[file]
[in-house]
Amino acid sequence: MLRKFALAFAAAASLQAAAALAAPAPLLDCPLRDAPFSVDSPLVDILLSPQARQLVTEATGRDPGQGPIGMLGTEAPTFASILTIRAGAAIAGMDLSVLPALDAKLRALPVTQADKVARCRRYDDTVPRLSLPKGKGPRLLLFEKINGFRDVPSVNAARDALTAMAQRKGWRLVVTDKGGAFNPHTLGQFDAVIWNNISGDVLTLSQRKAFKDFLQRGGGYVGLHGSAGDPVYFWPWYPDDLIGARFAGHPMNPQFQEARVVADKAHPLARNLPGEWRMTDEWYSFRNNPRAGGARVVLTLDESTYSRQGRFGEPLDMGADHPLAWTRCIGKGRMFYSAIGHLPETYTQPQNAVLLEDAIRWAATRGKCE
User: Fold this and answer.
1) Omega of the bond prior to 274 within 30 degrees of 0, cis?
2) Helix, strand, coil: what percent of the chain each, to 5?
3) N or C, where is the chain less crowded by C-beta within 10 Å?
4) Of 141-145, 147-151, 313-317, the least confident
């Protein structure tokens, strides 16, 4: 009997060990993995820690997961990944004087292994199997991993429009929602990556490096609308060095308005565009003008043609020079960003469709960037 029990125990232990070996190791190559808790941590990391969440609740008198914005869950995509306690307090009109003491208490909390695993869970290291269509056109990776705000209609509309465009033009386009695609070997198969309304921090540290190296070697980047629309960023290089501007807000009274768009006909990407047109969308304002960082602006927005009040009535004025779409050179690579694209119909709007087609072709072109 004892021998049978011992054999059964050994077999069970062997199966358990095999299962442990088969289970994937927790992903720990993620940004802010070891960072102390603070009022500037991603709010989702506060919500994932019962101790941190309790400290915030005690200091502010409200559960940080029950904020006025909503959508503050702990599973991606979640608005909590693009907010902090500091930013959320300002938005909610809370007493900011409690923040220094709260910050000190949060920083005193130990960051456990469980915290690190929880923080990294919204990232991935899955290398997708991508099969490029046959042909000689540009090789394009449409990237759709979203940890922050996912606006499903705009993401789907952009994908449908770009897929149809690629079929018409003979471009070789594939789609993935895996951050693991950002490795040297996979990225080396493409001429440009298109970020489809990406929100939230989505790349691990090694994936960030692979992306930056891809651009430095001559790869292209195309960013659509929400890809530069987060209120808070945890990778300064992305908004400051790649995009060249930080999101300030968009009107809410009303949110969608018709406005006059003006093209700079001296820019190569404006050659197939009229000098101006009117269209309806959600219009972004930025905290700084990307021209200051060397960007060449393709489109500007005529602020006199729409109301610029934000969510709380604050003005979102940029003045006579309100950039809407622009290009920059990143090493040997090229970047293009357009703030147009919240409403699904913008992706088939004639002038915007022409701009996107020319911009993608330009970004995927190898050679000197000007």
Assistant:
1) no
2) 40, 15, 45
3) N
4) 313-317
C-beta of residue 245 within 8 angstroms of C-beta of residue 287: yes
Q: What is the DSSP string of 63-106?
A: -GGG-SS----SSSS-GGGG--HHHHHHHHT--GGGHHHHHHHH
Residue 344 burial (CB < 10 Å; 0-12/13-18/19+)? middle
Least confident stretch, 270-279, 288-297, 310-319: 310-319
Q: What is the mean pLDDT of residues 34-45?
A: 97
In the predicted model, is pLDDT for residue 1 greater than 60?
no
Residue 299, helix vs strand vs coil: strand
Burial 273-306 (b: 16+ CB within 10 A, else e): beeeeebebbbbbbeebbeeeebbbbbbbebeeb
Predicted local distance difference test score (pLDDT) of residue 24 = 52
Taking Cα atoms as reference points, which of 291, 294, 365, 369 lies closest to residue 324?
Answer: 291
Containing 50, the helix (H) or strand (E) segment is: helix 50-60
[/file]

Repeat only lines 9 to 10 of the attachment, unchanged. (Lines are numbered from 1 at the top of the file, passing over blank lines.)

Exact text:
Assistant:
1) no